The transmission is painted. Old aluminum parts are so difficult to get looking "clean" that I decided a long time ago to just paint 'em. It helps keep the oxidation down and if you use a good match for the aluminum, a scratch in the paint will usually just show clean aluminum underneath. If you just want clean aluminum I hear that blasting with baking soda does a decent job.

Before painting I clean "dirty" parts with Simple Green and a brush that will reach in the tight spots. When I say dirty I mean dirt and mud, which was mostly the case with the transmission. After the brushing I rinse (or power wash) to get the residue off. The trans still had oxidation on it after that so I hit it with a green Scotch Brite pad and rinsed again. With greasy parts I usually scrape off the thick stuff then use lacquer thinner on a terry cloth towel to get the rest. I used a Rustoleum "aluminum" paint for the trans, but I have another paint I usually use because it seems to actually be a closer match for true cast aluminum. It's Rustoleum Specialty High Heat Silver and it seems to have a brighter, less gray look, very much like cast parts. I used it on most of the aluminum engine parts.

Here's the transmission before cleaning (that's red Virginia clay, and its a bitch to get off!):

Click the image to open in full size.

And after:
Click the image to open in full size.
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Old 10-05-2013, 08:27 AM
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Very nice work Ragged. I know all about clay...I'm in NC.

Did/have you used that high temp paint on intakes? I have an M1 single plane that I'll be using and want to preserve it's look and protect it against the occasional spill. I've read that paint has varying success.
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Old 10-05-2013, 02:27 PM
ragged89 ragged89 is offline
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Quote:
Originally Posted by robertmee View Post
Very nice work Ragged. I know all about clay...I'm in NC.

Did/have you used that high temp paint on intakes? I have an M1 single plane that I'll be using and want to preserve it's look and protect it against the occasional spill. I've read that paint has varying success.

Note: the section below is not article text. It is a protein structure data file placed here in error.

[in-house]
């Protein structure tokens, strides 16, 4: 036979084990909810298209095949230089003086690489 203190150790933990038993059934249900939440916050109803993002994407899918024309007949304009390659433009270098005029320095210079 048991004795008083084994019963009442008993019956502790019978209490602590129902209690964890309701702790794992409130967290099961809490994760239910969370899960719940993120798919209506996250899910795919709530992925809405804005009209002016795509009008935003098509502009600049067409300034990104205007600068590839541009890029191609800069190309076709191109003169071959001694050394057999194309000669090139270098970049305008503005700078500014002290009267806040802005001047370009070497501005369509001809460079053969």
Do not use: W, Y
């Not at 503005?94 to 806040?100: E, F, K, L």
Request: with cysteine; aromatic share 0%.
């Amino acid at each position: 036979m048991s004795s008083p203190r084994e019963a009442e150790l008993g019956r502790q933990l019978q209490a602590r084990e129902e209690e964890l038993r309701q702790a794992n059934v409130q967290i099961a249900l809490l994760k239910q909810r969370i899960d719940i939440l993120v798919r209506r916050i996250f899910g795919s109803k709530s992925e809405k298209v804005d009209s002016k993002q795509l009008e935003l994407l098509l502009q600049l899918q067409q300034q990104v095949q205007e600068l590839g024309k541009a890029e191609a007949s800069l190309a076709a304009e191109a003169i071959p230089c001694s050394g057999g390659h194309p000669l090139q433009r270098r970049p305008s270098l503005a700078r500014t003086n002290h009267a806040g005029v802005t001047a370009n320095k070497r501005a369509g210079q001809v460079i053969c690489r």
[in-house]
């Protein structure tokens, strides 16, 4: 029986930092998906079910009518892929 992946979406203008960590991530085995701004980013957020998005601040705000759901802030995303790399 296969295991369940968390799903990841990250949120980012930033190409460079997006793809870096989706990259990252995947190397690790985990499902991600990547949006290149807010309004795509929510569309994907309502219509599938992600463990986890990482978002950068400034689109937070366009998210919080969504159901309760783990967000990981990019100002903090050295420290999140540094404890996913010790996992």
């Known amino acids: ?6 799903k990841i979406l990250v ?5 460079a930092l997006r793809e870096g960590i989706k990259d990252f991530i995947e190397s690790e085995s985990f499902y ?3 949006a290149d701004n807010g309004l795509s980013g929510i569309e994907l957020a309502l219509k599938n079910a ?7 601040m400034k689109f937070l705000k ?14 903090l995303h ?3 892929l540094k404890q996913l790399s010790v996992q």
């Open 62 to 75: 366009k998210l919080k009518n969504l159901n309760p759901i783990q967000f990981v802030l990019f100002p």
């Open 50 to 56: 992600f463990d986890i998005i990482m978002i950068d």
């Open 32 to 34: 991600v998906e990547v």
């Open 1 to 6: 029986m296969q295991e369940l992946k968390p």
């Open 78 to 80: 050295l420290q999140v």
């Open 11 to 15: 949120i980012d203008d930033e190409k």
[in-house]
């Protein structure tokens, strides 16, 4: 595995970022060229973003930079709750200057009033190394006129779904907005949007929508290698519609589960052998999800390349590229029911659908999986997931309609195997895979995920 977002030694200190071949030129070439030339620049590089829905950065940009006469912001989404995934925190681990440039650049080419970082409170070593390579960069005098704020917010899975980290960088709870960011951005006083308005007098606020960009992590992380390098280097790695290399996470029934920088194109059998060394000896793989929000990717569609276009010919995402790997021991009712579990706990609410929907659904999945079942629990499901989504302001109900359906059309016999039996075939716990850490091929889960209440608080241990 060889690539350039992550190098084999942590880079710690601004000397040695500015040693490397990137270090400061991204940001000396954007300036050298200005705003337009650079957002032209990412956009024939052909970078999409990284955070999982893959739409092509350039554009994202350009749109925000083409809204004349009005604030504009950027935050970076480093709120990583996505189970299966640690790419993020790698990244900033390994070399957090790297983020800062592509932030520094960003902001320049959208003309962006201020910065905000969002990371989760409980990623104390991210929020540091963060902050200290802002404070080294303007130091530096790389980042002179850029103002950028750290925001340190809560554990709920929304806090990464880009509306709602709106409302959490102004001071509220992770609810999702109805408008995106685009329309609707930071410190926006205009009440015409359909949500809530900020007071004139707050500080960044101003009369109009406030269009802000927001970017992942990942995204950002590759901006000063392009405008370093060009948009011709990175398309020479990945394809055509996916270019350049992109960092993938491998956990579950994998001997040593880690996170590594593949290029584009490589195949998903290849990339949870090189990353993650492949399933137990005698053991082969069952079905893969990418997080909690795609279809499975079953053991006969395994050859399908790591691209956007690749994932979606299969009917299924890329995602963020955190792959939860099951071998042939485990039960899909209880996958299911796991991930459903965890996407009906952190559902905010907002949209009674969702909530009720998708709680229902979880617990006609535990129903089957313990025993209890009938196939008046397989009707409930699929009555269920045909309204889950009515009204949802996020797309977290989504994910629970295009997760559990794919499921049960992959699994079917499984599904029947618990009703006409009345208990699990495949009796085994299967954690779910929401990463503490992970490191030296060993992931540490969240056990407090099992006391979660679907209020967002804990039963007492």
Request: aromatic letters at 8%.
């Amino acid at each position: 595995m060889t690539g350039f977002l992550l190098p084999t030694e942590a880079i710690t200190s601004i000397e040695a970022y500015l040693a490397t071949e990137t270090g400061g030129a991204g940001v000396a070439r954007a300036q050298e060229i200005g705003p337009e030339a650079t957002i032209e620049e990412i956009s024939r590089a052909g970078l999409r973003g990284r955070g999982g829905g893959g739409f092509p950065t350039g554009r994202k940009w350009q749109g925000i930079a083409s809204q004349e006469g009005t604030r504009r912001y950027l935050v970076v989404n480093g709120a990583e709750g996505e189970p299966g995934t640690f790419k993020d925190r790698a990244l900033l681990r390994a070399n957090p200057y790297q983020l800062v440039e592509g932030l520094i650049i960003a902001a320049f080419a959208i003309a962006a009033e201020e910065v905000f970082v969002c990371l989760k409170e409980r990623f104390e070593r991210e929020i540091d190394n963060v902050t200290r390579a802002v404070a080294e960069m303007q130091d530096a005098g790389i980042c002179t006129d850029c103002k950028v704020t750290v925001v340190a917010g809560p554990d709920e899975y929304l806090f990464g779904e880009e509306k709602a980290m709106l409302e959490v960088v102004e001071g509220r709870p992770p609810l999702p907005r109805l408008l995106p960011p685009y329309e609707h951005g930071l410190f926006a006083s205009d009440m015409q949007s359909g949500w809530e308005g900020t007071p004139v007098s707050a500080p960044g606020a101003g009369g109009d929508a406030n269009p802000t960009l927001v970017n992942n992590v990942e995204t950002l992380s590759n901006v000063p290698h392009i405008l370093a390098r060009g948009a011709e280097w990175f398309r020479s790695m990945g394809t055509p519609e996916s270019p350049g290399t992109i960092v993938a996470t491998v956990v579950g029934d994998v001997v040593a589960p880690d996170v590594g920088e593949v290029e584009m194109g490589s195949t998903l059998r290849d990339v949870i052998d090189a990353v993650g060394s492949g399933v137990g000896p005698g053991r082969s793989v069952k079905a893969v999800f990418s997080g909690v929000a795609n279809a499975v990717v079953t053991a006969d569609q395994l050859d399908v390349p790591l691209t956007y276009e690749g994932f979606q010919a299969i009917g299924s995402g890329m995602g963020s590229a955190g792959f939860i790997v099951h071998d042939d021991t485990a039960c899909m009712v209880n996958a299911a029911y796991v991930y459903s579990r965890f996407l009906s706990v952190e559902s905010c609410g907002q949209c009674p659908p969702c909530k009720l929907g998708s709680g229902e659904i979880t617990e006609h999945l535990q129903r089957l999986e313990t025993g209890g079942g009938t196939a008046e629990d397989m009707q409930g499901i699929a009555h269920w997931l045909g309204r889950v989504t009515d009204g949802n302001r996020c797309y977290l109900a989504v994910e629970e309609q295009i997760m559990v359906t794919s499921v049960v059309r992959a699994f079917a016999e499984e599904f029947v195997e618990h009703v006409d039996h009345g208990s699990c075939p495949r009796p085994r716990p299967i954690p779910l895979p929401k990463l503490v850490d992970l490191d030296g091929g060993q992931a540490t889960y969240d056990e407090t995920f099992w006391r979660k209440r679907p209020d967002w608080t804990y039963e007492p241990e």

I spent a lot of time deciding how best to clean and/or re-finish cast aluminum. I finally settled on the Rustoleum HH Silver paint. I've used it many times on manifolds and other cast aluminum engine parts. My Neon RT manifold was done this way about 3 years ago and still looks good. Likewise with a turbo PT Cruiser I had until earlier this year. I've found it helps stop that white flaky oxidation, plus cleaning is easier; cast finishes seem to "grab" dirt, but the paint smooths out those pores a little and most crud wipes off with soapy water. If it does get a scratch or stain, it's easy to touch up. I've never tried the baking soda blast which I hear works pretty good, but I have tried many other approaches and this is the one I've settled on.

You can see the same finish on my 5.2 manifold, timing cover, and PS bracket, in my "power steering bracket..." post, entry #3, here:

http://dodgeforum.com/forum/1st-gen-...ml#post3083625

Last edited by ragged89; 10-05-2013 at 02:31 PM..
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Old 10-05-2013, 04:30 PM
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Do you use the rattle can or brush on version? Do you primer it first?
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Old 10-05-2013, 09:30 PM
ragged89 ragged89 is offline
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Rattle cans. No primer, Rustoleum says primer is not recommended. I would imagine that's due to the high temp conditions.
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Old 10-05-2013, 09:30 PM